I'm learning Japanese but do I have to learn kanji, because I don't want to learn 50,000 letters.

  • 3
    Are you saying 50,000 figuratively or you really think that you have to learn 50,000 characters?
    – Earthliŋ
    Jul 13, 2021 at 21:25

5 Answers 5


You don't need kanji to speak Japanese, but I would suggest that not learning kanji would make learning the vocabulary harder.

You don't strictly need to know kanji to write understandable Japanese. However, if you do write entirely in kana it will make your writing incredibly difficult for other people to read.

50,000 is a big exaggeration. The standard list is a little over 2000 kanji.

You didn't ask, but if you want to read Japanese you will make almost no progress without learning kanji.

In short, learn kanji. It's hard but it can be fun and very rewarding.


See how many kanji and by the way as a additional information, how much vocabulary you need to learn for the different levels of the JLPT Test:

  • JLPT Test, N1, 2000 Kanji, 10.000 vocabulary
  • JLPT Test, N2, 1000 Kanji, 6.000 vocabulary
  • JLPT Test, N3, 650 Kanji, 3.000 vocabulary
  • JLPT Test, N4, 320 Kanji, 1.500 vocabulary
  • JLPT Test, N5, 120 Kanji, 800 vocabulary

Source: https://de.wikipedia.org/wiki/Japanese-Language_Proficiency_Test#Pr%C3%BCfungsinhalt

I hope this helps to estimate the effort required to learn Japanese.


The short answer is 'Yes'. But it's not as simple as that, obviously. Proficiency is a spectrum. And knowledge of kanji is integral for an all-round development of Japanese ability in other areas. It's a misnomer that you don't need kanji. The better your kanji knowledge is, the richer your vocabulary will be, the deeper your understanding of grammar will be, and the sooner you will be able integrate new information into your interlanguage skills.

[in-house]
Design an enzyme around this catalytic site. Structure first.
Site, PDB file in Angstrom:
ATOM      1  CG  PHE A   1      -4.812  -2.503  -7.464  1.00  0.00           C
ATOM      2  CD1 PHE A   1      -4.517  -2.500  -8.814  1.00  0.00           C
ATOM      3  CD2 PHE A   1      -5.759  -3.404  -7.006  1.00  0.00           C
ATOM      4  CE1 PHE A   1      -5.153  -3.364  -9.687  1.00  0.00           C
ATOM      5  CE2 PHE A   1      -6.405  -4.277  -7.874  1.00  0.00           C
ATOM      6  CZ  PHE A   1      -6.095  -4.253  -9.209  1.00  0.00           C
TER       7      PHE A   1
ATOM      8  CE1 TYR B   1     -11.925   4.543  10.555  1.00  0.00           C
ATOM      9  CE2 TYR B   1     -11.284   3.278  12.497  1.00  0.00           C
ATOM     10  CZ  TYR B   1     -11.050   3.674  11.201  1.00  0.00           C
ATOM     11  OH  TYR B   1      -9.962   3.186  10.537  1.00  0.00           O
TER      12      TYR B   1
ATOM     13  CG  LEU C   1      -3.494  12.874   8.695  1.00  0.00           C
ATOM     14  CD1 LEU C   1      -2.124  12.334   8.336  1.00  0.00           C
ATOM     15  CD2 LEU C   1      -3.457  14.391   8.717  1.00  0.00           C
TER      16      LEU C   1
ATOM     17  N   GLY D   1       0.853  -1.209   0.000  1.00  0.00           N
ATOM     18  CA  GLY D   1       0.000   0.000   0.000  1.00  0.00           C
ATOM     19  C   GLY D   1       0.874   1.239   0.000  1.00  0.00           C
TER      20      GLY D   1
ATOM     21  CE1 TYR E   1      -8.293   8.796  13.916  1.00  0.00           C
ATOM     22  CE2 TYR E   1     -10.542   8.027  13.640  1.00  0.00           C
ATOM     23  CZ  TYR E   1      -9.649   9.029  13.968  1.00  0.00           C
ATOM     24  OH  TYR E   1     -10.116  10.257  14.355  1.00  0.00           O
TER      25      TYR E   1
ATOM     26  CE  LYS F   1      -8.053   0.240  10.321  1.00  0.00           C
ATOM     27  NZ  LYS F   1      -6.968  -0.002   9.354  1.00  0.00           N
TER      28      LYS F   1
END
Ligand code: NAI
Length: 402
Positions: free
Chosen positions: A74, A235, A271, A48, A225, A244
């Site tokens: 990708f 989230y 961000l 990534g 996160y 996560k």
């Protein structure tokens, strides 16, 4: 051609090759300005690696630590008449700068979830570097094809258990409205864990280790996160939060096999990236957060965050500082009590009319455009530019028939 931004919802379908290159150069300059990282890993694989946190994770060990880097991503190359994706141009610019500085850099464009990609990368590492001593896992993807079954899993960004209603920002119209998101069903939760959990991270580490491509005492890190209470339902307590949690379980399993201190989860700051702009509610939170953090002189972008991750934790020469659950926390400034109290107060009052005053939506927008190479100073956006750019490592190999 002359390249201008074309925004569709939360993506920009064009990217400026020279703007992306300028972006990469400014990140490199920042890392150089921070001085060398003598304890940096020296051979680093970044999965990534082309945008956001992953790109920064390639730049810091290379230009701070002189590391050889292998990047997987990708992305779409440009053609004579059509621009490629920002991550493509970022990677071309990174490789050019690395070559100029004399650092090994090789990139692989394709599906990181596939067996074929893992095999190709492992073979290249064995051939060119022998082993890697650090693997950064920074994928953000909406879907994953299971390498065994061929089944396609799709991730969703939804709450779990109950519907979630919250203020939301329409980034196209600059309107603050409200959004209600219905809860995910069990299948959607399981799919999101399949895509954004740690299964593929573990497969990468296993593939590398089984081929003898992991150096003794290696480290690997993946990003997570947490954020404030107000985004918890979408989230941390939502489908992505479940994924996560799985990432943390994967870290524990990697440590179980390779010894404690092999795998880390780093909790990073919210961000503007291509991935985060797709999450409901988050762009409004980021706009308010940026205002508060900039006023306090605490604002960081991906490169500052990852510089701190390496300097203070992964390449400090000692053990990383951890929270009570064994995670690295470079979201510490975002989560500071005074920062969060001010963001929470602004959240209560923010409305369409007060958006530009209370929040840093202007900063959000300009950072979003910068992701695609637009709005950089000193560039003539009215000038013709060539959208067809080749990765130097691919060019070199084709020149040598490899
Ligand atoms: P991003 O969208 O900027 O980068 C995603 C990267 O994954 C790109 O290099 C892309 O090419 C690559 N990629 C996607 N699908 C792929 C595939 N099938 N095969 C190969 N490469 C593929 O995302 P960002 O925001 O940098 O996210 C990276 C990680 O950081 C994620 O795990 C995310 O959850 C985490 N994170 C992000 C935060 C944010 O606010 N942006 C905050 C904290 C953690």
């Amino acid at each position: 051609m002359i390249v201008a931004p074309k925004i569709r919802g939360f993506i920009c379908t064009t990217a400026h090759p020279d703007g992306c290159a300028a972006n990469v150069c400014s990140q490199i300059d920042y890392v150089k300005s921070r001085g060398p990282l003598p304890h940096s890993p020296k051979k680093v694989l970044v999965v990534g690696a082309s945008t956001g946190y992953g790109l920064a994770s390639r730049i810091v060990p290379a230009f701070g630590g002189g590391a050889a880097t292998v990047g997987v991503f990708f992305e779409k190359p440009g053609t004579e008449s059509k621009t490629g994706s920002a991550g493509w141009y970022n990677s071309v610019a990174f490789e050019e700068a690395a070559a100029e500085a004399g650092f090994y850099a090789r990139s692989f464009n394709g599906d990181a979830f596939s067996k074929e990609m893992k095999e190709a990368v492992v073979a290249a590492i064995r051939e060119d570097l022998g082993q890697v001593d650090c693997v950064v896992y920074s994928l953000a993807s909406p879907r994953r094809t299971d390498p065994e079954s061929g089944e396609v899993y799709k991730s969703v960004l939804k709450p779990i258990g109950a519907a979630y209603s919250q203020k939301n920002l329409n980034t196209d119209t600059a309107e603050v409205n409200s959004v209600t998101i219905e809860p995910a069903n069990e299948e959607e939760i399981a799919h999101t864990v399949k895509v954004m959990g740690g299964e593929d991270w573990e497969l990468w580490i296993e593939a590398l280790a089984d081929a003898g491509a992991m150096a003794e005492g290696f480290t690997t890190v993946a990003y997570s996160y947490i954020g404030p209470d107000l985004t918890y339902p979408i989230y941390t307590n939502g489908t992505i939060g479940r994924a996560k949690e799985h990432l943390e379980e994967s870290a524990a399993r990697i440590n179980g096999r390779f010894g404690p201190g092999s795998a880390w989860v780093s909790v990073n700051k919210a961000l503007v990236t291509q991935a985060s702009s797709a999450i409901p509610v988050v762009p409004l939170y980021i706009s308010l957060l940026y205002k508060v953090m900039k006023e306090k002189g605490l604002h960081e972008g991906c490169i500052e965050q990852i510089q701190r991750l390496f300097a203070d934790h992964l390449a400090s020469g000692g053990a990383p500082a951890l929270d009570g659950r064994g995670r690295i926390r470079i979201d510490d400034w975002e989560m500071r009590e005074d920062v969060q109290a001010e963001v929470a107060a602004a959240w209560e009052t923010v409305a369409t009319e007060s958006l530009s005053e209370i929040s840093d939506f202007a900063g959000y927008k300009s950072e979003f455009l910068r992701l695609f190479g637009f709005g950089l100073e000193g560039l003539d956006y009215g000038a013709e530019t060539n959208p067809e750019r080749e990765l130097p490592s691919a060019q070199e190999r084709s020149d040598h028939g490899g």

It's not about knowing kanji or not knowing kanji. Just treat it as another part of expanding your Japanese language skills. Practise your receptive skills (listening and reading) and practise your productive skills (speaking and writing). Kanji will help you develop as a learner. Don't see it as an obstacle. See it as an opportunity.

And by the way, knowledge of even around 1000 kanji will allow you to read and understand a lot of authentic Japanese materials like blogs, novels, newspaper articles, manga, etc.


If you only want to speak Japanese, writing will be less important. I think that you will eventually reach a ceiling on how well you can speak it, though-- to reach a reasonably natural degree of speaking ability eventually you'll have to interact with written material which assumes you can read at least some kanji.

If you want to write Japanese then kanji is pretty important. You don't need to learn anywhere near 50,000, but writing only in hiragana and katakana will come across as juvenile and not truly literate. You will also have trouble reading Japanese, as not all material has a phonetic version available.


I do not think that you need to learn all the kanji to write Japanese. You could just learn the most simple ones, like the kanji for "Japanese", or "sun", or "moon".

These days, not many people are able to remember and recognize the 50,000 kanji. Most people are only able to read 2,000 kanji. Still, you do not need to learn all 2,000 just to be able to speak and write Japanese. Like I said, just learn the most basic one.

Kanji will no doubt take some time to learn, but it will certainly be worth it.

Have fun!

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